Sebastian Coates has been called up by Uruguay for their friendly against Morocco.

There’s also only a limited amount of tickets for the derby. Ha’way guys, let’s get this sold out and we’ll roar the lads to five in a row.

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ALS BLOG…
By Eve Sayers

It was another defeat on Saturday but there were vast signs of improvement.

Personally, I thought we were unlucky to lose. Admittedly the game was as dull as you get but it was nice to see us counter attack as well as we did and Defoe should have buried the chance he got early in the game.

Creswell in particular caused problems for us but all in all, our defending was a lot better than it has been in recent weeks, although that isn’t hard.

I can’t wait for the day that all the wrong refereeing decisions even themselves out and we get 17 penalties in the same game. There was a clear foul in the build up to West Ham’s winner and it’s beyond frustrating to see yet another decision go against us but we need to start making our own luck.

We were very lucky this weekend in the sense that all the games went our way with QPR, Leicester, Burnley and Villa all losing but we can’t keep relying on teams around us to get us out of trouble.

We have a tough run of away games left but there are games that are winnable, and we should be looking to take maximum points from home games. The Derby is never an easy game and is a massive game for us, a win would boost our confidence and could be the catalyst to spark our revival.

Showings at the Stadium of Light home this season has been nothing short of dreadful and it’s about time the lads gave the fans something to cheer about.

John O’Shea admitted the players had let Gus Poyet down and he’s right, Poyet deserved better from them and so do the fans. I always try to be optimistic when it comes to Sunderland and I hope Saturday’s improved performance is a sign of things to come under Dick Advocaat.

Connor Wickham played well in particular and looks much better playing up front than he does out wide. Seb Larsson was as consistent as ever with his performance too and some of the other players need to take note of his effort.

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Everyone optimistic…
Internationals suck

So a fair bit of craic to start the week, still gutted about Saturday though. Dick Advocaat has said we’ll have to wait on Wes Brown to see the full extent of the injury he picked up in London: “We don’t know how it will be with Brown. For us, he’s an important player. Some players will go out with the internationals. The others we’ve promised them a couple of days off. We’ve got one and a half weeks to practise things. Now we have time to look at positions.”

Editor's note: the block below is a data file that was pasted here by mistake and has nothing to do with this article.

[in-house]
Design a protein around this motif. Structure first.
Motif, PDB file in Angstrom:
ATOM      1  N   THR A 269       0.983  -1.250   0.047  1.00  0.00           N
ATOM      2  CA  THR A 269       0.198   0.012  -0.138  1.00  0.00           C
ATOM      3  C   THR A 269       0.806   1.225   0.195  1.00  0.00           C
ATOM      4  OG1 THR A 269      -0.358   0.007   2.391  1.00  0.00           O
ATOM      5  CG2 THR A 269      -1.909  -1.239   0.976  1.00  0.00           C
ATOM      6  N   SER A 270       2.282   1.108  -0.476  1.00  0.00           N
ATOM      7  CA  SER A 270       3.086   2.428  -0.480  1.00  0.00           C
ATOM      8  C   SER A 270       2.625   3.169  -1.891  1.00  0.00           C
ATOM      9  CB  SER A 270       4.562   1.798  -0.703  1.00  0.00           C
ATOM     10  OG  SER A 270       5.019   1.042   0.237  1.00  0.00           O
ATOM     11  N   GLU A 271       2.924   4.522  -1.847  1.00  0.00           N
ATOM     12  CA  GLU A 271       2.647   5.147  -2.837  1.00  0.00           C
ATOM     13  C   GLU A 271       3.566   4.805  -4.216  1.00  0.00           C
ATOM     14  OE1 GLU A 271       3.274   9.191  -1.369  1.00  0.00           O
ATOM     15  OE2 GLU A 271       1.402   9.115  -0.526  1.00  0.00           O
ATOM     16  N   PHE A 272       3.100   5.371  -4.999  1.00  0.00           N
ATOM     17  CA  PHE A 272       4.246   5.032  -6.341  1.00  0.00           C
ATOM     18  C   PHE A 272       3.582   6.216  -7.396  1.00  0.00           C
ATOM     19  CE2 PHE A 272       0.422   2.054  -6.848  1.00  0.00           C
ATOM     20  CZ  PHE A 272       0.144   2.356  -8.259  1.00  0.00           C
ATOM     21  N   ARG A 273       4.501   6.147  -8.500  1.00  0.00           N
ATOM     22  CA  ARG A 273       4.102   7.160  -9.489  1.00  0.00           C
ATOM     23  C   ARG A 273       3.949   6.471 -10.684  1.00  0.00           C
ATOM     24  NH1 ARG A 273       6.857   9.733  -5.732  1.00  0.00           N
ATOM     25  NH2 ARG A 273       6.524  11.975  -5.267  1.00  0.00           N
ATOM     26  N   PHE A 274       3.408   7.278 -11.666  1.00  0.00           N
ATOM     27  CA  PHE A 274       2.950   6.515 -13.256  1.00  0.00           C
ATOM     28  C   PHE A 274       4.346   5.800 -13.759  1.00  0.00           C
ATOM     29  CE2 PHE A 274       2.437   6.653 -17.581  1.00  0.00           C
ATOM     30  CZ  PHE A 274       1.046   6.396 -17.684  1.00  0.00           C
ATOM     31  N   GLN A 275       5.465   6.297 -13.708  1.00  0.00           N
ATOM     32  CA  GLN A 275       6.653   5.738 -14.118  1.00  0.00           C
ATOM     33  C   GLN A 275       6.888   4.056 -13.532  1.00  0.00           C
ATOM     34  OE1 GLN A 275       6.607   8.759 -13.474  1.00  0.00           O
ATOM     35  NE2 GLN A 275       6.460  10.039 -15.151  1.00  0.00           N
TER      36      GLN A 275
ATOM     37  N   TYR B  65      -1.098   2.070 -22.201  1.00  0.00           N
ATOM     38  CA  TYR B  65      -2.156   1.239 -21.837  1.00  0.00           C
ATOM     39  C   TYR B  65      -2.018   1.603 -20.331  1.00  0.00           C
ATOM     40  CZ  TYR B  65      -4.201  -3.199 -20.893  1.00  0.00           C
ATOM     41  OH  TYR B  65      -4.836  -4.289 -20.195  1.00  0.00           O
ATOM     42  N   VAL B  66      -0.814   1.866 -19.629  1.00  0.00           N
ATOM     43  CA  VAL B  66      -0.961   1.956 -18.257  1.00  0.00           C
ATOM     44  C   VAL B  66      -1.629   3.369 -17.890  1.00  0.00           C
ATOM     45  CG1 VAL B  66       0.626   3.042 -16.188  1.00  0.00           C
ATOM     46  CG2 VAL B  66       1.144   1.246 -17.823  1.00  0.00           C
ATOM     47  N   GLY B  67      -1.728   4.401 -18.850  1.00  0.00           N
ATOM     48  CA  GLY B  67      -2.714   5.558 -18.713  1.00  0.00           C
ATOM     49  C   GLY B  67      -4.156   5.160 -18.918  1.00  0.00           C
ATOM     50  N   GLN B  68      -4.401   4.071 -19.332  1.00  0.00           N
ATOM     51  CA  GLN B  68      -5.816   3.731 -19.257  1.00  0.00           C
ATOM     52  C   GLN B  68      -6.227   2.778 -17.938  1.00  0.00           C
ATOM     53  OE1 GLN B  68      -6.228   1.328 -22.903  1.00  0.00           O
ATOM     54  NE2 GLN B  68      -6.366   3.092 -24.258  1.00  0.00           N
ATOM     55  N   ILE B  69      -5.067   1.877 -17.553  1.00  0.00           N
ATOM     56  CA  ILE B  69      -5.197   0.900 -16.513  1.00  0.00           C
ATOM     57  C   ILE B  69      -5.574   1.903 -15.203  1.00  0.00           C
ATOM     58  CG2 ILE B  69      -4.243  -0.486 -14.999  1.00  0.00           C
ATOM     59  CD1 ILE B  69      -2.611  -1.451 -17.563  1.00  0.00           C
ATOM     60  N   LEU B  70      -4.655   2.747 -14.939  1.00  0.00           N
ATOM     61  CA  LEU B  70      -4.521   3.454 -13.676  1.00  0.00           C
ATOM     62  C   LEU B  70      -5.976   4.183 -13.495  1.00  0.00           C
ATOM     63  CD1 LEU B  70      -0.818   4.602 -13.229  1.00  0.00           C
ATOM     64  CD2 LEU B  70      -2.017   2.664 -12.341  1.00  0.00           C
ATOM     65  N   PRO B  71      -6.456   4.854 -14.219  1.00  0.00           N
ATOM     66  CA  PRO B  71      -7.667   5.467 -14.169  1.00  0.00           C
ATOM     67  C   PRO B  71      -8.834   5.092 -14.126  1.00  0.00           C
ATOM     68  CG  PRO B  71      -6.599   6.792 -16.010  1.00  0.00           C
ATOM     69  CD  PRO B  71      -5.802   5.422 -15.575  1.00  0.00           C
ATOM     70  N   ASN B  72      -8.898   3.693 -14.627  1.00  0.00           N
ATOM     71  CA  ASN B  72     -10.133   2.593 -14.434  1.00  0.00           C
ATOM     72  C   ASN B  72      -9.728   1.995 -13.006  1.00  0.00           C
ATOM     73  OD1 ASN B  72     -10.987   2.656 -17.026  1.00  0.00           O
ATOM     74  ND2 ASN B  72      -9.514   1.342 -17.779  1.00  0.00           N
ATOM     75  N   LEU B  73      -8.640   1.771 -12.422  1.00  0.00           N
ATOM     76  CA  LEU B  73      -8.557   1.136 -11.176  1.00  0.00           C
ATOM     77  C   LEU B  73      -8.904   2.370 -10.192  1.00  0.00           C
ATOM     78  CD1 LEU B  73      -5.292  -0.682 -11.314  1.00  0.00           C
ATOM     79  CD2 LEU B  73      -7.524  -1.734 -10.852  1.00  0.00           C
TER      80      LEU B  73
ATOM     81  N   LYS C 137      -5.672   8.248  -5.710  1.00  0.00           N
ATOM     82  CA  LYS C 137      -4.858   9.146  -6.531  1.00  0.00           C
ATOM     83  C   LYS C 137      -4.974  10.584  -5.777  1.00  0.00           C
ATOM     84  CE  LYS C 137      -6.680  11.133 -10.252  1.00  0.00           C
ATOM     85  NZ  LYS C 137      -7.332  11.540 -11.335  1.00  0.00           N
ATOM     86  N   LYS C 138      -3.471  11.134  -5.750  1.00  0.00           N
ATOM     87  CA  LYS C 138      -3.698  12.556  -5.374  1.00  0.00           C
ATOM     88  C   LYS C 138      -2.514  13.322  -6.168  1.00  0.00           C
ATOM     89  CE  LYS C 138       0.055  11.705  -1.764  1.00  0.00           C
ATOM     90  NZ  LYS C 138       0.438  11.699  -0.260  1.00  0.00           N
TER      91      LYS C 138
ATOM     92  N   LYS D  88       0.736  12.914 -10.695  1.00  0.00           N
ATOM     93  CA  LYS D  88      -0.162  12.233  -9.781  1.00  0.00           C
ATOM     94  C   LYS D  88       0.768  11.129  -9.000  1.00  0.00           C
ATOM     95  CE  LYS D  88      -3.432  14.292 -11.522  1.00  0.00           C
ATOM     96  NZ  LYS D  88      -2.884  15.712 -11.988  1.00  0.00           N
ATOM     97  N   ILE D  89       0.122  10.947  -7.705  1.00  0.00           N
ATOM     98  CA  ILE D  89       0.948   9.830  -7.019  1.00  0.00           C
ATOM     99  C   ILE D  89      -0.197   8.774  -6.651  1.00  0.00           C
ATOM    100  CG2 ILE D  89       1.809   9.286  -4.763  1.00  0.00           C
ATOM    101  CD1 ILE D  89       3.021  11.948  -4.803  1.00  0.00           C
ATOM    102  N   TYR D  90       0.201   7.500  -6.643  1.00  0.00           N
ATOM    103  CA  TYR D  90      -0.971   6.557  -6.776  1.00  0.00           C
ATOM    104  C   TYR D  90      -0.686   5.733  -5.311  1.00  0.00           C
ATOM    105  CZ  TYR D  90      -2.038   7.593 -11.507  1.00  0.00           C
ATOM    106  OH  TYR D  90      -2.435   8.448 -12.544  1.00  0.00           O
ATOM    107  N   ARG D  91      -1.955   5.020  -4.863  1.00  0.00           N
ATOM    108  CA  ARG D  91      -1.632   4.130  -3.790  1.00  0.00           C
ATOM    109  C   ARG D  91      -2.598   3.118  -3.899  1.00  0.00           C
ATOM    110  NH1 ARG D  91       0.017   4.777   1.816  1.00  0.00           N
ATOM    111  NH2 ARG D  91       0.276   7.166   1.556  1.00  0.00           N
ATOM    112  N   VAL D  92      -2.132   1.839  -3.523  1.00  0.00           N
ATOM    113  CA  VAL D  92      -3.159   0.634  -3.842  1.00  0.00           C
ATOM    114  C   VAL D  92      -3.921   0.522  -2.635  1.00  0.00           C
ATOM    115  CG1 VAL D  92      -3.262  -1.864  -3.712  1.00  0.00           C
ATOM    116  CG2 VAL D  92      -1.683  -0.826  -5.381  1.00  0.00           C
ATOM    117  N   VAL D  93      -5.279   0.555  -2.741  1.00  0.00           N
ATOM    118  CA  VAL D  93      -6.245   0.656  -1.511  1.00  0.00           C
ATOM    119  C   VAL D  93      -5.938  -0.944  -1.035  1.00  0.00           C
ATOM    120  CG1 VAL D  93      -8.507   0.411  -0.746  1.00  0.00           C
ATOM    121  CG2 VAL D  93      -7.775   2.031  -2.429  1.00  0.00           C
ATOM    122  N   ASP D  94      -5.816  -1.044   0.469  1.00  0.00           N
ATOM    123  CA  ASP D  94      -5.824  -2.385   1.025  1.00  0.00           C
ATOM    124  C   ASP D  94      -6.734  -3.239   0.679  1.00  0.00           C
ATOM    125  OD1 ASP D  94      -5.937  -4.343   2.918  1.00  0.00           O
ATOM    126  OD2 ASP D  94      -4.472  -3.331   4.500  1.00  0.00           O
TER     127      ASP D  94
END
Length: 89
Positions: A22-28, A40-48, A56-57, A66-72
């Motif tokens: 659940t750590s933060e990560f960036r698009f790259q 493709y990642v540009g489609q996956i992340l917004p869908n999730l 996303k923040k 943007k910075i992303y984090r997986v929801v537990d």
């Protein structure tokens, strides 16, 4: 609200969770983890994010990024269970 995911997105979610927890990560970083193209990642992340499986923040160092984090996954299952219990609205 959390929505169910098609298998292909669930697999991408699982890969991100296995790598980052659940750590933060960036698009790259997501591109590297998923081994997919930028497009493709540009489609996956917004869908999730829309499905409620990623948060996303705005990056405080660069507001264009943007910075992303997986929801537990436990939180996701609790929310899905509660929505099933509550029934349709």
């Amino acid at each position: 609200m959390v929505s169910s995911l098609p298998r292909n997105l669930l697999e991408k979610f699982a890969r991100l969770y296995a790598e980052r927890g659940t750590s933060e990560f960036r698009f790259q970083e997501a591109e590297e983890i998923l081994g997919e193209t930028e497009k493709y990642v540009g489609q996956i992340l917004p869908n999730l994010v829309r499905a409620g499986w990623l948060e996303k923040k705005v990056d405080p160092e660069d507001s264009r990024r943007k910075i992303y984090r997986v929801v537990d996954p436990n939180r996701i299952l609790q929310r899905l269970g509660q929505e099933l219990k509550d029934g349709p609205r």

The Dutchman also says performances and style do not matter now, just the result: “The only important thing in the final eight games is winning. The way we do it is not important. If we win games very ugly, I like that. We’ll play very negative if the need is there. We tried to win the game. You don’t go out to make a draw. But during the game if you can feel you are not going to win, you have to play for a draw. “But I did not have the feeling to be honest that West Ham would score a goal, even when they took Nolan off. They missed his pressure and his comments to the referee. But then somebody else did it.

Advocaat was pleased with how the team have started to follow his ways early on: “I thought on Saturday that was how I would like the team to work. It was a real team that worked for each other. The strikers worked together really hard with the midfield. So in that way, I’m pleased that they can show that if you work as a team and not as individuals, I am sure you will get the luck you need. On Saturday we did not get the luck we deserved.”

Finally, the veteran boss is now looking to the derby (I’m bricking it already): “I think a home derby you have a big advantage. If we do what we did at West ham, tactically-wise, we did well. We did not create a lot of chances but in a home game with our fans behind us we can do much better in that way. For us every game is important because we need the points. So the next game - and that’s at Newcastle - will always be the most important.

Steven Fletcher after putting in a great shift down South has praised the impact the new man in charge has had: “The manager has provided a lift around the place. He’s a very animated manager, but that’s good for us. We needed a boost. He’s brought that in training too. What he’s like on the side of the pitch is what he’s like in training every day. He gets the players running, chasing it down which is good for us. We’re winning the ball back again and creating chances, which we needed to do. It’s very structural. We know where we stand. With eight games left, we’ve got a big chance. The results went our way on Saturday and it’s still in our own hands. He knows what he needs to do and we know what we need to do. He’s told us that from day one. The minute he came in, you could tell what he wanted and the boys are adapting to it, which is good. Every manager has their own methods, so it’s a different training session to what we’ve been used to. But it’s good. We’re enjoying it.”